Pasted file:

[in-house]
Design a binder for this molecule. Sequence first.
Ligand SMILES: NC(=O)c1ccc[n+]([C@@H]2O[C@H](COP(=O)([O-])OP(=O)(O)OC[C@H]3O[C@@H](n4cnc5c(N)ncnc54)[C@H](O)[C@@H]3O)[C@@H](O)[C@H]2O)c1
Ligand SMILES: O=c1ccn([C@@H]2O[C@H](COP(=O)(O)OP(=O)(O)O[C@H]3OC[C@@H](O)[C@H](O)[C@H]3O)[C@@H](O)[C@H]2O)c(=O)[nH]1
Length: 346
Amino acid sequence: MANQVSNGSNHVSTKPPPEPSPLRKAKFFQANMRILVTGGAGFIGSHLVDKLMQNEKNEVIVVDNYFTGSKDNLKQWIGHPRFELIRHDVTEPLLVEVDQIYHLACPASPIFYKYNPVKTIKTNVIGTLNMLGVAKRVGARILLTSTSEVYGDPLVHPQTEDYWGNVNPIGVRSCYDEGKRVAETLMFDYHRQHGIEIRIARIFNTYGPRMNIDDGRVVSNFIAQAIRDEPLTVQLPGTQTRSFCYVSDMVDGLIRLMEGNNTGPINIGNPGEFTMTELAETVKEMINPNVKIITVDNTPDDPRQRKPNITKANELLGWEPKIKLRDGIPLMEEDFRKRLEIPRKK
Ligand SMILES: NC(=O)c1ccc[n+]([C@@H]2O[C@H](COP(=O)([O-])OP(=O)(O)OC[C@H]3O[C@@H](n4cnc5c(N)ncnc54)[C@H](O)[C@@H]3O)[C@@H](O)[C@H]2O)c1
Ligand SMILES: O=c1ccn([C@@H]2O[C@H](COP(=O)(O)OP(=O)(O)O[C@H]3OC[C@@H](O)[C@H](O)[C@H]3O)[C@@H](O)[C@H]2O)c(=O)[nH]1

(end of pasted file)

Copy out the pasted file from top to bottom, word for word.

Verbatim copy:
[in-house]
Design a binder for this molecule. Sequence first.
Ligand SMILES: NC(=O)c1ccc[n+]([C@@H]2O[C@H](COP(=O)([O-])OP(=O)(O)OC[C@H]3O[C@@H](n4cnc5c(N)ncnc54)[C@H](O)[C@@H]3O)[C@@H](O)[C@H]2O)c1
Ligand SMILES: O=c1ccn([C@@H]2O[C@H](COP(=O)(O)OP(=O)(O)O[C@H]3OC[C@@H](O)[C@H](O)[C@H]3O)[C@@H](O)[C@H]2O)c(=O)[nH]1
Length: 346
Amino acid sequence: MANQVSNGSNHVSTKPPPEPSPLRKAKFFQANMRILVTGGAGFIGSHLVDKLMQNEKNEVIVVDNYFTGSKDNLKQWIGHPRFELIRHDVTEPLLVEVDQIYHLACPASPIFYKYNPVKTIKTNVIGTLNMLGVAKRVGARILLTSTSEVYGDPLVHPQTEDYWGNVNPIGVRSCYDEGKRVAETLMFDYHRQHGIEIRIARIFNTYGPRMNIDDGRVVSNFIAQAIRDEPLTVQLPGTQTRSFCYVSDMVDGLIRLMEGNNTGPINIGNPGEFTMTELAETVKEMINPNVKIITVDNTPDDPRQRKPNITKANELLGWEPKIKLRDGIPLMEEDFRKRLEIPRKK
Ligand SMILES: NC(=O)c1ccc[n+]([C@@H]2O[C@H](COP(=O)([O-])OP(=O)(O)OC[C@H]3O[C@@H](n4cnc5c(N)ncnc54)[C@H](O)[C@@H]3O)[C@@H](O)[C@H]2O)c1
Ligand SMILES: O=c1ccn([C@@H]2O[C@H](COP(=O)(O)OP(=O)(O)O[C@H]3OC[C@@H](O)[C@H](O)[C@H]3O)[C@@H](O)[C@H]2O)c(=O)[nH]1